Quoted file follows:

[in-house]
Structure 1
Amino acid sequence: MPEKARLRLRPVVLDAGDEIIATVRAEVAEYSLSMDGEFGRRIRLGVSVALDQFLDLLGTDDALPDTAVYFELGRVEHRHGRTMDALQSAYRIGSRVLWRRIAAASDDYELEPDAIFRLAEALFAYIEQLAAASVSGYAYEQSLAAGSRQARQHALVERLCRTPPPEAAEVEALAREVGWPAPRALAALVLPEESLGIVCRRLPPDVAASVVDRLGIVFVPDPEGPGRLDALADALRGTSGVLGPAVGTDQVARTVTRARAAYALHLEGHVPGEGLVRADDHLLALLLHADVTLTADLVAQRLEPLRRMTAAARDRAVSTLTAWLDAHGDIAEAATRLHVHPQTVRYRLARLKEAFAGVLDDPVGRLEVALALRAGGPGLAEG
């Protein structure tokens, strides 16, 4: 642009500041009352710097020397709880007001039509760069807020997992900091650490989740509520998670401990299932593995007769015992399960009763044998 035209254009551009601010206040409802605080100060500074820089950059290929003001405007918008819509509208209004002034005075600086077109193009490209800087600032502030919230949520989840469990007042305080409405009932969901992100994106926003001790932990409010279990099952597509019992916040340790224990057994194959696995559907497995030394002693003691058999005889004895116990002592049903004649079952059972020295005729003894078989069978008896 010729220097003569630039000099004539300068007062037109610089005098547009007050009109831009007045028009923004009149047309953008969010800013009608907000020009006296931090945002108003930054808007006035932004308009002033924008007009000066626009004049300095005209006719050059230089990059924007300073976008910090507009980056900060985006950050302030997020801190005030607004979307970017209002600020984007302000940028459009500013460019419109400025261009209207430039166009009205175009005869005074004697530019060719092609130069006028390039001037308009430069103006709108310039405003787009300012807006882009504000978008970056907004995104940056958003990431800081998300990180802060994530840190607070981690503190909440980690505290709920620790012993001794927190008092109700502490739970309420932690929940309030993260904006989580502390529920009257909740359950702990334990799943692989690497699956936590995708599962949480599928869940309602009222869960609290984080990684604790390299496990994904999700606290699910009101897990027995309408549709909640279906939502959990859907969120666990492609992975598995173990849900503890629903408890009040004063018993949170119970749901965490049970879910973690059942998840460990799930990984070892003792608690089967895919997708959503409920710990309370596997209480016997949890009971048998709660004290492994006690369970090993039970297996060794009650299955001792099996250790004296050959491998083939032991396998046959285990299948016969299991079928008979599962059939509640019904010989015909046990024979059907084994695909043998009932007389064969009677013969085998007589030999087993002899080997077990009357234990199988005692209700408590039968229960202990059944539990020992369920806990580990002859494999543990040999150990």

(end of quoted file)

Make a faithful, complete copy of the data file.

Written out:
[in-house]
Structure 1
Amino acid sequence: MPEKARLRLRPVVLDAGDEIIATVRAEVAEYSLSMDGEFGRRIRLGVSVALDQFLDLLGTDDALPDTAVYFELGRVEHRHGRTMDALQSAYRIGSRVLWRRIAAASDDYELEPDAIFRLAEALFAYIEQLAAASVSGYAYEQSLAAGSRQARQHALVERLCRTPPPEAAEVEALAREVGWPAPRALAALVLPEESLGIVCRRLPPDVAASVVDRLGIVFVPDPEGPGRLDALADALRGTSGVLGPAVGTDQVARTVTRARAAYALHLEGHVPGEGLVRADDHLLALLLHADVTLTADLVAQRLEPLRRMTAAARDRAVSTLTAWLDAHGDIAEAATRLHVHPQTVRYRLARLKEAFAGVLDDPVGRLEVALALRAGGPGLAEG
């Protein structure tokens, strides 16, 4: 642009500041009352710097020397709880007001039509760069807020997992900091650490989740509520998670401990299932593995007769015992399960009763044998 035209254009551009601010206040409802605080100060500074820089950059290929003001405007918008819509509208209004002034005075600086077109193009490209800087600032502030919230949520989840469990007042305080409405009932969901992100994106926003001790932990409010279990099952597509019992916040340790224990057994194959696995559907497995030394002693003691058999005889004895116990002592049903004649079952059972020295005729003894078989069978008896 010729220097003569630039000099004539300068007062037109610089005098547009007050009109831009007045028009923004009149047309953008969010800013009608907000020009006296931090945002108003930054808007006035932004308009002033924008007009000066626009004049300095005209006719050059230089990059924007300073976008910090507009980056900060985006950050302030997020801190005030607004979307970017209002600020984007302000940028459009500013460019419109400025261009209207430039166009009205175009005869005074004697530019060719092609130069006028390039001037308009430069103006709108310039405003787009300012807006882009504000978008970056907004995104940056958003990431800081998300990180802060994530840190607070981690503190909440980690505290709920620790012993001794927190008092109700502490739970309420932690929940309030993260904006989580502390529920009257909740359950702990334990799943692989690497699956936590995708599962949480599928869940309602009222869960609290984080990684604790390299496990994904999700606290699910009101897990027995309408549709909640279906939502959990859907969120666990492609992975598995173990849900503890629903408890009040004063018993949170119970749901965490049970879910973690059942998840460990799930990984070892003792608690089967895919997708959503409920710990309370596997209480016997949890009971048998709660004290492994006690369970090993039970297996060794009650299955001792099996250790004296050959491998083939032991396998046959285990299948016969299991079928008979599962059939509640019904010989015909046990024979059907084994695909043998009932007389064969009677013969085998007589030999087993002899080997077990009357234990199988005692209700408590039968229960202990059944539990020992369920806990580990002859494999543990040999150990």